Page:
What can be done in case of turmeric latte and other traditional knowledge infringement is that a benefit sharing mechanism can be brought forward by WIPO so as to give back a part of the revenue to the originating country or the community to be used for developmental purposes. In this particular case the restaurants and cafes should be bound by an agreement to share a particular percent from their revenue produced by selling turmeric latte in the market.
A lot can be done to protect India’s traditional knowledge at the international level and the Government has to take positive and immediate steps in this regard. The government should incorporate some sui generis laws and should allocate enough money for positive protection of its rich traditional knowledge, else the menace of bio-piracy cannot be stopped . It’s quite painful to see that the National IPR Policy that has been published recently by Government of India has little mention of traditional knowledge without giving much light as to what policies can be made so as to effectively protect traditional knowledge. The Government must consider the fact that proper exploitation of traditional Knowledge can bring a lot of revenue for the nation which to a large extent can mitigate the monetary deficit of this country.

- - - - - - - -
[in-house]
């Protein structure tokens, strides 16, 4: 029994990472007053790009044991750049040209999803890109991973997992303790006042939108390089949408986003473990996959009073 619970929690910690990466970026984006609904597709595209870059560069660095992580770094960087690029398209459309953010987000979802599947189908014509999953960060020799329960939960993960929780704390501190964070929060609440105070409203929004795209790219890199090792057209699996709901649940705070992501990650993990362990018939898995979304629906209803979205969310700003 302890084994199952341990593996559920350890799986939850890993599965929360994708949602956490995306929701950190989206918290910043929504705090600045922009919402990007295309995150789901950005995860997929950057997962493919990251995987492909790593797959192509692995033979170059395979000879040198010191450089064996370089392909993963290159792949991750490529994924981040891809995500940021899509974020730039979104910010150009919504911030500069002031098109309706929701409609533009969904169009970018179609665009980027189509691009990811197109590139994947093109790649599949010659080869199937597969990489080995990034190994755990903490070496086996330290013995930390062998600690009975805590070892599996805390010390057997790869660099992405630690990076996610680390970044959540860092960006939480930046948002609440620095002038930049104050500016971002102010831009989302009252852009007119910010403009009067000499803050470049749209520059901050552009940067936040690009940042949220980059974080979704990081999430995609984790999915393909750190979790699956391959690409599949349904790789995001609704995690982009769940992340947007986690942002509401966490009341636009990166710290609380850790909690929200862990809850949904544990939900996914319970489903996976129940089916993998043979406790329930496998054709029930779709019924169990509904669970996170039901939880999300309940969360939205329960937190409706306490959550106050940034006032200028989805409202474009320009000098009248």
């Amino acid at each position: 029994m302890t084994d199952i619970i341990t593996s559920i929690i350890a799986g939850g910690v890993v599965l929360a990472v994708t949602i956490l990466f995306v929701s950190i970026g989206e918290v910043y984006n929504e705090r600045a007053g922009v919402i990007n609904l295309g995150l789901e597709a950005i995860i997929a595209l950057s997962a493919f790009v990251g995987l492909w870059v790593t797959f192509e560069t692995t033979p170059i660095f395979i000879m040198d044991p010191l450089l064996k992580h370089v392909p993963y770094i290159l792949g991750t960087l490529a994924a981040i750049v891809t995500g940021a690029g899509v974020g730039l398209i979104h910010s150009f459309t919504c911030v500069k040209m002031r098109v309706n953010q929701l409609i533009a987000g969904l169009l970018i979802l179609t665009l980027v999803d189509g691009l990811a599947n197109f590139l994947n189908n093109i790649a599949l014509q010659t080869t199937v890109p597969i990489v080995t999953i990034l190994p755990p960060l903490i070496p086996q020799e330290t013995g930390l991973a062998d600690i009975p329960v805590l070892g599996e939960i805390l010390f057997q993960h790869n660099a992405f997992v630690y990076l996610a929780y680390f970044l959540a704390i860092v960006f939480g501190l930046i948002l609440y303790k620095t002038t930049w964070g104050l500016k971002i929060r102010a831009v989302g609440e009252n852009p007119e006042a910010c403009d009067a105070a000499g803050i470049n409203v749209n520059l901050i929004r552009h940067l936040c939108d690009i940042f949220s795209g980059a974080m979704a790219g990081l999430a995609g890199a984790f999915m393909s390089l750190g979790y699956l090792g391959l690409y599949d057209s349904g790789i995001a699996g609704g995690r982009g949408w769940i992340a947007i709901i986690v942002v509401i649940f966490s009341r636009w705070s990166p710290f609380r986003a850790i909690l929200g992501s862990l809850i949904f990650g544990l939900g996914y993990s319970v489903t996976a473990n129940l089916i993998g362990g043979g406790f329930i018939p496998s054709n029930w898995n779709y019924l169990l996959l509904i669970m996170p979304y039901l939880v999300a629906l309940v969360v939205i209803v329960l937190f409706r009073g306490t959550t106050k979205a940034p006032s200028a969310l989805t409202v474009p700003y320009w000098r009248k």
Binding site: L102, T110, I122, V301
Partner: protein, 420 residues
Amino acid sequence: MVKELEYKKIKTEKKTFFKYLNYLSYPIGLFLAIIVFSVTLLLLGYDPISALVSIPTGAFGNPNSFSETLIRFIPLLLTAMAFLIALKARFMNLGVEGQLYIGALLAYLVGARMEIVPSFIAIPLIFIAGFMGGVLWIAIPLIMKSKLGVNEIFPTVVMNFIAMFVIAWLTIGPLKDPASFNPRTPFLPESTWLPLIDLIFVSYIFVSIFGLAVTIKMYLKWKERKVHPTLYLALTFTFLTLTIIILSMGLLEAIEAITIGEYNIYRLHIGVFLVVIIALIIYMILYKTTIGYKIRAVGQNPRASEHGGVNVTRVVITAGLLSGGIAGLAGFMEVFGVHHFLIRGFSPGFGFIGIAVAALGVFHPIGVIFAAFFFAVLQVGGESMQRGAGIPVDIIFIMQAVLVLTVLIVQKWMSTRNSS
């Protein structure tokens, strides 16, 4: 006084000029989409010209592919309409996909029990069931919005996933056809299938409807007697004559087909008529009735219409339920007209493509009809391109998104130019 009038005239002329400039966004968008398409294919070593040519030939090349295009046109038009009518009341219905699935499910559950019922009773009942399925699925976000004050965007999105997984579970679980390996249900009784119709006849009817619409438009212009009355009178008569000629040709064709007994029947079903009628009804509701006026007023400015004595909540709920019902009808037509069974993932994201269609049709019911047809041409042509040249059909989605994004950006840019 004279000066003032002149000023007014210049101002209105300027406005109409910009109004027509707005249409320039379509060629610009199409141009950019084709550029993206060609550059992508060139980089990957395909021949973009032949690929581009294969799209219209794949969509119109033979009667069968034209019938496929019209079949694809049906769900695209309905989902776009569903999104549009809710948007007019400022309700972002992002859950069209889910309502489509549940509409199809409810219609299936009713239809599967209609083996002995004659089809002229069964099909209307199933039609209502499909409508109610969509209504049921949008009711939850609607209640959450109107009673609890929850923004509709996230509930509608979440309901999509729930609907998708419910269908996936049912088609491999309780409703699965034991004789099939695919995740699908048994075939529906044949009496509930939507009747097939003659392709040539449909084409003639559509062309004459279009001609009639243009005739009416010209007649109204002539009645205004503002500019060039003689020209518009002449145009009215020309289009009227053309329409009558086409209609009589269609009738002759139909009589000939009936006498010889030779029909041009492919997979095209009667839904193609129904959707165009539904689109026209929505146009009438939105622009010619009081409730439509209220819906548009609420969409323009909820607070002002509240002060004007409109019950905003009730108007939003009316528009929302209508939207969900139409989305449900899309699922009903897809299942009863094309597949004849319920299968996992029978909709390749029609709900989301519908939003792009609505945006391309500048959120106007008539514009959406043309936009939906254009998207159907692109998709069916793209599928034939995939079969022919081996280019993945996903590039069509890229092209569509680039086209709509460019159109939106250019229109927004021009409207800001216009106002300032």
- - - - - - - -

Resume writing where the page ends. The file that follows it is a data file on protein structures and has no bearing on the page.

Authored by Rounak Biswas